We finished off the day by driving up the east side of Lake Windermere and on to Ullswater, where we spent our final night in an unrestricted private car park by the lake. (All council facilities have overnight parking bans, this private car park, for a lake steamer service, didn’t. Naturally, we did buy a parking ticket for the remaining chargeable hours that day.)

The location of this wondrous parking spot (which we shared with another motorhome) was Glenridding – the Glenridding Ullswater Ferry Landing. However, this was several years ago – I wouldn’t be surprised if overnight parking restrictions had been put into place by now…

Lake Ullswater, Lake District
Ullswater at twilight

I had never visited Ullswater before and it was one of the most breathakingly peaceful and tranquil places I’d ever seen (although surpassed last year by the Konigsee in southern Germany). This effect is helped by the fact that most of the land around Ullswater appears to be privately owned – resulting in limited access to the lake and very limited development around it. It’s a marked contrast to Windermere. The next morning, we took a small, self-drive hired motorboat out onto the lake to enjoy it a little more, just managing to avoid a torrential autumnal downpour, towards the end of the morning.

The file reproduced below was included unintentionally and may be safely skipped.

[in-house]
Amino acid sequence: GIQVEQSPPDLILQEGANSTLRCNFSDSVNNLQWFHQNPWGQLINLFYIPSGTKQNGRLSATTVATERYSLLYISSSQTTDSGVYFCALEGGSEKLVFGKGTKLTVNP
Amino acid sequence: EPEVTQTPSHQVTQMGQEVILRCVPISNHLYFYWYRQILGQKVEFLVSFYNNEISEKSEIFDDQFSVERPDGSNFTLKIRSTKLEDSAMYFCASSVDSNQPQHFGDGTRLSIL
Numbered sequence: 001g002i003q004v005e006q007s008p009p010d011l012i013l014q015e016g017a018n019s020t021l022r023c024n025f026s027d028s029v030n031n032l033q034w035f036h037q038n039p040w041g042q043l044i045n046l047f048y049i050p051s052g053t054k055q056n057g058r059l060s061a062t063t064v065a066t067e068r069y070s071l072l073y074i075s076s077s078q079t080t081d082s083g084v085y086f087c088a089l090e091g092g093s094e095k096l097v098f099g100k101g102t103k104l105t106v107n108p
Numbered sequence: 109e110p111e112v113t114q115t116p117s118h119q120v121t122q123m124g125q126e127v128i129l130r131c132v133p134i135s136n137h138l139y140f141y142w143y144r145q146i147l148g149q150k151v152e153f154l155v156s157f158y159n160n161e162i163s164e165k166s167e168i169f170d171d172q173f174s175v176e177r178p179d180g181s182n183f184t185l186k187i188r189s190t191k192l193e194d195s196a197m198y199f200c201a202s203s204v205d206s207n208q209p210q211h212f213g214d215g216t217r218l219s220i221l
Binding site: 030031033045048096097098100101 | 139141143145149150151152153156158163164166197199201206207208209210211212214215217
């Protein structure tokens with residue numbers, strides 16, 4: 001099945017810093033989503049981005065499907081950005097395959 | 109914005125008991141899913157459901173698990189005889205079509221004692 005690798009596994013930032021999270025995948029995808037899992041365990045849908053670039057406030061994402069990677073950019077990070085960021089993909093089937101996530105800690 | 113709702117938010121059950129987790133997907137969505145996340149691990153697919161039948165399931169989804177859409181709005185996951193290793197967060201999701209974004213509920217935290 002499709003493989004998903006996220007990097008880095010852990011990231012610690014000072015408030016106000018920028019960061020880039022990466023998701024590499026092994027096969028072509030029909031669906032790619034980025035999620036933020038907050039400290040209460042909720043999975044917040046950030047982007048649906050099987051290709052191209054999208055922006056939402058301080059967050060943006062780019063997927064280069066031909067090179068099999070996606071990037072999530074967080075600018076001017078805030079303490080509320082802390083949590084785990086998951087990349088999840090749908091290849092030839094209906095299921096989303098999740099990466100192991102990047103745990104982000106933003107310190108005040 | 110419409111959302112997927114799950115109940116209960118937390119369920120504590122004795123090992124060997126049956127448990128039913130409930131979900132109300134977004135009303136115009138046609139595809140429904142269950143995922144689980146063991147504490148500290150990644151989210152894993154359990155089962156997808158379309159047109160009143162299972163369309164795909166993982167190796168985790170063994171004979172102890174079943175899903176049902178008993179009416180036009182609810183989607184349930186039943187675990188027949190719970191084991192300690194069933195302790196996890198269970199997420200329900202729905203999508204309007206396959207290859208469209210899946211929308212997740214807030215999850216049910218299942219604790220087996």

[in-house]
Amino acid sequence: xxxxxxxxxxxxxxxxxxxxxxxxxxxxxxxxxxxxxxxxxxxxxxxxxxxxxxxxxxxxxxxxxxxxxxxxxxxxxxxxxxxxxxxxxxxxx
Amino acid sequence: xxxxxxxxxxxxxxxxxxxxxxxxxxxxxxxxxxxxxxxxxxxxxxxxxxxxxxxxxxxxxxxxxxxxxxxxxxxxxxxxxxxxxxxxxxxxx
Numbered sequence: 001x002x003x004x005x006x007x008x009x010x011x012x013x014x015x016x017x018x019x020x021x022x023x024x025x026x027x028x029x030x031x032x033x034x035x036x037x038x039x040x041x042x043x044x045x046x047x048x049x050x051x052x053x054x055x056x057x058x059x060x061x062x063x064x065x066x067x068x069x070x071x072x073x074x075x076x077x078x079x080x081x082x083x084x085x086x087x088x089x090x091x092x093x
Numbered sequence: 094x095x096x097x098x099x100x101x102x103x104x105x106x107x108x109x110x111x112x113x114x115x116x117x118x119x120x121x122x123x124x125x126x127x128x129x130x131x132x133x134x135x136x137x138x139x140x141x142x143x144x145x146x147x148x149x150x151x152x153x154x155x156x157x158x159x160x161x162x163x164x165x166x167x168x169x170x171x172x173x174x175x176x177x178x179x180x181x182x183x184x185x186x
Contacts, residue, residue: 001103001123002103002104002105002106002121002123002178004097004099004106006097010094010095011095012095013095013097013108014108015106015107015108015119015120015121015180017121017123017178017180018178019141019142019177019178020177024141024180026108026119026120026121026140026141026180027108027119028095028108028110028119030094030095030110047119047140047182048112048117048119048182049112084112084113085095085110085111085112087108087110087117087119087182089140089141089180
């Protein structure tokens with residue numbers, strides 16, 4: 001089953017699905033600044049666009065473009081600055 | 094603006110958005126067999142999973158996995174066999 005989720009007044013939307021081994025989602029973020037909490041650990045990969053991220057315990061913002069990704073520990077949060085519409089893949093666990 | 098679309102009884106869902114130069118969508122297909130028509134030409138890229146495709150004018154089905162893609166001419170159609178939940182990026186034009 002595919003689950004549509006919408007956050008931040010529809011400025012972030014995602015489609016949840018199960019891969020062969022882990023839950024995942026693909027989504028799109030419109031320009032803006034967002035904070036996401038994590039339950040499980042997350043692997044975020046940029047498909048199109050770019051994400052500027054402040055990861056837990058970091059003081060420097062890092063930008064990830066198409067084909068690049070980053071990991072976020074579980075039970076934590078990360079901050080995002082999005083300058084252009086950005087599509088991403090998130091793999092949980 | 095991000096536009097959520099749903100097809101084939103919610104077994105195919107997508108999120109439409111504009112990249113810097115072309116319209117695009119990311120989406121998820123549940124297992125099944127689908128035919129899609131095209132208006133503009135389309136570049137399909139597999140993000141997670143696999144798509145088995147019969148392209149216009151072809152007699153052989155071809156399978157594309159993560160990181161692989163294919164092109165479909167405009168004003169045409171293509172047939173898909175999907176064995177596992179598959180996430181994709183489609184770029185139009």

Ullswater lake cruise steamer
Cruising on Ullswater is a rather more elegant and small-scale affair than on Windermere
Self-drive boat hire on Ullswater
Ullswater isn't very busy - this is the view from our self-drive hire boat

That marked the end of our trip and we made our way home (in the rain), via an antique fair in Penrith.

There is a Lonely Planet Lake District guide book which covers the whole area. As with all Lonely Planet guide books this is very comprehensive: